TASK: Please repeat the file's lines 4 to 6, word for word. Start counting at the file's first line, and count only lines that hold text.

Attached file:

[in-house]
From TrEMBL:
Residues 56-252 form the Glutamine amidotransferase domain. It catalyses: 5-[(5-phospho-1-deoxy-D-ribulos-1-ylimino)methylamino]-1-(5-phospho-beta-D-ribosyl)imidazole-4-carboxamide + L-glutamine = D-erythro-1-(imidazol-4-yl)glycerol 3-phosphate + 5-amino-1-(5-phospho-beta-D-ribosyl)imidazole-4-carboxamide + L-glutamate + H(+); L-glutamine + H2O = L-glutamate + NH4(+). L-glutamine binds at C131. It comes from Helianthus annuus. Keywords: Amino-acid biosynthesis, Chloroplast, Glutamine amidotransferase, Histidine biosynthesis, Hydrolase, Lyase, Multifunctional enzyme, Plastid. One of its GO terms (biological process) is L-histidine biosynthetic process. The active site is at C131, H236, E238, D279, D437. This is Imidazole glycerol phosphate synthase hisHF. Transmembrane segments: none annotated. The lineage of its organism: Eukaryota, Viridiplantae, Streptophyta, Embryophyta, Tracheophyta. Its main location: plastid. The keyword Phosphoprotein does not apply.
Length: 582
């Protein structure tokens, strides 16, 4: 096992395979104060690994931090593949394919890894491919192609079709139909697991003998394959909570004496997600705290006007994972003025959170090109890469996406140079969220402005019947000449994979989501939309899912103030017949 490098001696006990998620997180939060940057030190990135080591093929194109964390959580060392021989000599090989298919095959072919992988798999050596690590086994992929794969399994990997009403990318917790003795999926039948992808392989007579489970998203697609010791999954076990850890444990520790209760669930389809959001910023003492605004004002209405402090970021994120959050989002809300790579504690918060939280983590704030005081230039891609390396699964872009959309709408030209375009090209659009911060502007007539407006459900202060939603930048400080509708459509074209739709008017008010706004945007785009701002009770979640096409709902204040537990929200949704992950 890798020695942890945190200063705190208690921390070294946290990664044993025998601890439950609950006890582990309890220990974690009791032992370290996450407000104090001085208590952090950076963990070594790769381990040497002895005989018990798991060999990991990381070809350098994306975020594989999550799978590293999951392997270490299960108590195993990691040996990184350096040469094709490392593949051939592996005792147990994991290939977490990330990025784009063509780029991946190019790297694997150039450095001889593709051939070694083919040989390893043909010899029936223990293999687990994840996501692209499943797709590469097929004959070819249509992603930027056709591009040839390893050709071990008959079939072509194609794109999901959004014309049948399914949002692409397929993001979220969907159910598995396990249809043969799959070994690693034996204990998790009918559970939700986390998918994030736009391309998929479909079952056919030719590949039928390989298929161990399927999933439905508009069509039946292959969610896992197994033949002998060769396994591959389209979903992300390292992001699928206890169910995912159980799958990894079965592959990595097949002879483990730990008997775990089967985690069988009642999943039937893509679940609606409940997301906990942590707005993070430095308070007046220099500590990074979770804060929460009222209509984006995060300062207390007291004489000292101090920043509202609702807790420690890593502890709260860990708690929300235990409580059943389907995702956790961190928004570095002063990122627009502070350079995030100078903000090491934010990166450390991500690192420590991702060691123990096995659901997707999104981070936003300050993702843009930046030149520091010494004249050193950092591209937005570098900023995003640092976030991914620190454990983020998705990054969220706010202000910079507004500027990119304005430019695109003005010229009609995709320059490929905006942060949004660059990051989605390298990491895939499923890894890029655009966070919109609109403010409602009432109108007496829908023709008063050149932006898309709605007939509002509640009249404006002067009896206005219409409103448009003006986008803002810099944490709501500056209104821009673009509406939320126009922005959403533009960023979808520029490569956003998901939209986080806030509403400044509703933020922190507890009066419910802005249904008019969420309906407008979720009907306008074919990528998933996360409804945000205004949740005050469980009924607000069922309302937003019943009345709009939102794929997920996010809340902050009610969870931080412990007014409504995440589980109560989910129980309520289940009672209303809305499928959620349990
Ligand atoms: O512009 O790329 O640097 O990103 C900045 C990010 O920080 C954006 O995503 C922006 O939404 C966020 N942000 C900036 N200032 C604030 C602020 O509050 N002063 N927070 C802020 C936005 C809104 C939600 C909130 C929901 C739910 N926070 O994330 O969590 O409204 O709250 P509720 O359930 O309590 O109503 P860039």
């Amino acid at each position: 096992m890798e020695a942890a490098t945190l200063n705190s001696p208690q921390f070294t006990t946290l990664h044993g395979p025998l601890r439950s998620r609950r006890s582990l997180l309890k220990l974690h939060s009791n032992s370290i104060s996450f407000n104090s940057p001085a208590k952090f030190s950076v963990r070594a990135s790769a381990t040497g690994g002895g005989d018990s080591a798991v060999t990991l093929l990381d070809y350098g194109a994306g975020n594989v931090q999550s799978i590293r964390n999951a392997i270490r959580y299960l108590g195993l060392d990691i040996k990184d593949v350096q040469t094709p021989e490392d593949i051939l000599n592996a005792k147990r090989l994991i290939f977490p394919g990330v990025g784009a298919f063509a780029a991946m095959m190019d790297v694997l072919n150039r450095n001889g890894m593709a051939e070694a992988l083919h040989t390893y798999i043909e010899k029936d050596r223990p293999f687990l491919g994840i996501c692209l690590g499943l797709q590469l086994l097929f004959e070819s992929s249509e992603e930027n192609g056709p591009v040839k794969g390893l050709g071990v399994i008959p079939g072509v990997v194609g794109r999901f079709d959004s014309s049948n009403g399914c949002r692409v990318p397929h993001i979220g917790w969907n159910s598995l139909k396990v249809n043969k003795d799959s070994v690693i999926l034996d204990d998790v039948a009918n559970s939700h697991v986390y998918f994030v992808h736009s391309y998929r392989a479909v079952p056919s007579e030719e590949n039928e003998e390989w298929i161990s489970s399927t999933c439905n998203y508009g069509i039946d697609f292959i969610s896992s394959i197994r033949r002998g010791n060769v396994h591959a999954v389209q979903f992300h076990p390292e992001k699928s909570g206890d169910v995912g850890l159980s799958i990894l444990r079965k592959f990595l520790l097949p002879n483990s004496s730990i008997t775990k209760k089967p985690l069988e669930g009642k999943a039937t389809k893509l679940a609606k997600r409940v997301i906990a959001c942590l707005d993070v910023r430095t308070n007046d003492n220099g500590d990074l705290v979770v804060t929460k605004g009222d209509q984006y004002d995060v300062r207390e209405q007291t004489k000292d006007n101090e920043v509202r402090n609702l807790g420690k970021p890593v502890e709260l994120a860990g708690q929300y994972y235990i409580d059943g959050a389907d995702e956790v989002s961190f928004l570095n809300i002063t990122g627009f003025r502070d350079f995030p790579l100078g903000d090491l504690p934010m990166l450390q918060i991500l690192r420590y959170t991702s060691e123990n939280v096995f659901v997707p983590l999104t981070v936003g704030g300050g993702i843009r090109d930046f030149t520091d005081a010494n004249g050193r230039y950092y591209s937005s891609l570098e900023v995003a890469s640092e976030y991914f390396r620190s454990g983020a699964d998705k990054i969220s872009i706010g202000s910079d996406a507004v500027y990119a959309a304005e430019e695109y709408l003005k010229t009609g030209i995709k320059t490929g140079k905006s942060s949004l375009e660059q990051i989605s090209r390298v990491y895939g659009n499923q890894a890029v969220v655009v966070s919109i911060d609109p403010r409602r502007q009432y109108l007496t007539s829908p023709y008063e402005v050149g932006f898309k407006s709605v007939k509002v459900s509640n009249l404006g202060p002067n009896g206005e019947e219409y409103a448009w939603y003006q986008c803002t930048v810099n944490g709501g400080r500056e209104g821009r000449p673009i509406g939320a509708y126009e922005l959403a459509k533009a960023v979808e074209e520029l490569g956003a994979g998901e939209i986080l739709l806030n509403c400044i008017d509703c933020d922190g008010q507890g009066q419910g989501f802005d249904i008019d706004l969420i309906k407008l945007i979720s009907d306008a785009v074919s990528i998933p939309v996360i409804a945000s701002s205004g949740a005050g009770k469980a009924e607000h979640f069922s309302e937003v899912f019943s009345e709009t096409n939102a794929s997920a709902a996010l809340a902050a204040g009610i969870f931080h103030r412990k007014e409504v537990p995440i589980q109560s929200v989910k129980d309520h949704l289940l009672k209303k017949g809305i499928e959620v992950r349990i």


Length: 582
């Protein structure tokens, strides 16, 4: 096992395979104060690994931090593949394919890894491919192609079709139909697991003998394959909570004496997600705290006007994972003025959170090109890469996406140079969220402005019947000449994979989501939309899912103030017949 490098001696006990998620997180939060940057030190990135080591093929194109964390959580060392021989000599090989298919095959072919992988798999050596690590086994992929794969399994990997009403990318917790003795999926039948992808392989007579489970998203697609010791999954076990850890444990520790209760669930389809959001910023003492605004004002209405402090970021994120959050989002809300790579504690918060939280983590704030005081230039891609390396699964872009959309709408030209375009090209659009911060502007007539407006459900202060939603930048400080509708459509074209739709008017008010706004945007785009701002009770979640096409709902204040537990929200949704992950 890798020695942890945190200063705190208690921390070294946290990664044993025998601890439950609950006890582990309890220990974690009791032992370290996450407000104090001085208590952090950076963990070594790769381990040497002895005989018990798991060999990991990381070809350098994306975020594989999550799978590293999951392997270490299960108590195993990691040996990184350096040469094709490392593949051939592996005792147990994991290939977490990330990025784009063509780029991946190019790297694997150039450095001889593709051939070694083919040989390893043909010899029936223990293999687990994840996501692209499943797709590469097929004959070819249509992603930027056709591009040839390893050709071990008959079939072509194609794109999901959004014309049948399914949002692409397929993001979220969907159910598995396990249809043969799959070994690693034996204990998790009918559970939700986390998918994030736009391309998929479909079952056919030719590949039928390989298929161990399927999933439905508009069509039946292959969610896992197994033949002998060769396994591959389209979903992300390292992001699928206890169910995912159980799958990894079965592959990595097949002879483990730990008997775990089967985690069988009642999943039937893509679940609606409940997301906990942590707005993070430095308070007046220099500590990074979770804060929460009222209509984006995060300062207390007291004489000292101090920043509202609702807790420690890593502890709260860990708690929300235990409580059943389907995702956790961190928004570095002063990122627009502070350079995030100078903000090491934010990166450390991500690192420590991702060691123990096995659901997707999104981070936003300050993702843009930046030149520091010494004249050193950092591209937005570098900023995003640092976030991914620190454990983020998705990054969220706010202000910079507004500027990119304005430019695109003005010229009609995709320059490929905006942060949004660059990051989605390298990491895939499923890894890029655009966070919109609109403010409602009432109108007496829908023709008063050149932006898309709605007939509002509640009249404006002067009896206005219409409103448009003006986008803002810099944490709501500056209104821009673009509406939320126009922005959403533009960023979808520029490569956003998901939209986080806030509403400044509703933020922190507890009066419910802005249904008019969420309906407008979720009907306008074919990528998933996360409804945000205004949740005050469980009924607000069922309302937003019943009345709009939102794929997920996010809340902050009610969870931080412990007014409504995440589980109560989910129980309520289940009672209303809305499928959620349990
Ligand atoms: O512009 O790329 O640097 O990103 C900045 C990010 O920080 C954006 O995503 C922006 O939404 C966020 N942000 C900036 N200032 C604030 C602020 O509050 N002063 N927070 C802020 C936005 C809104 C939600 C909130 C929901 C739910 N926070 O994330 O969590 O409204 O709250 P509720 O359930 O309590 O109503 P860039």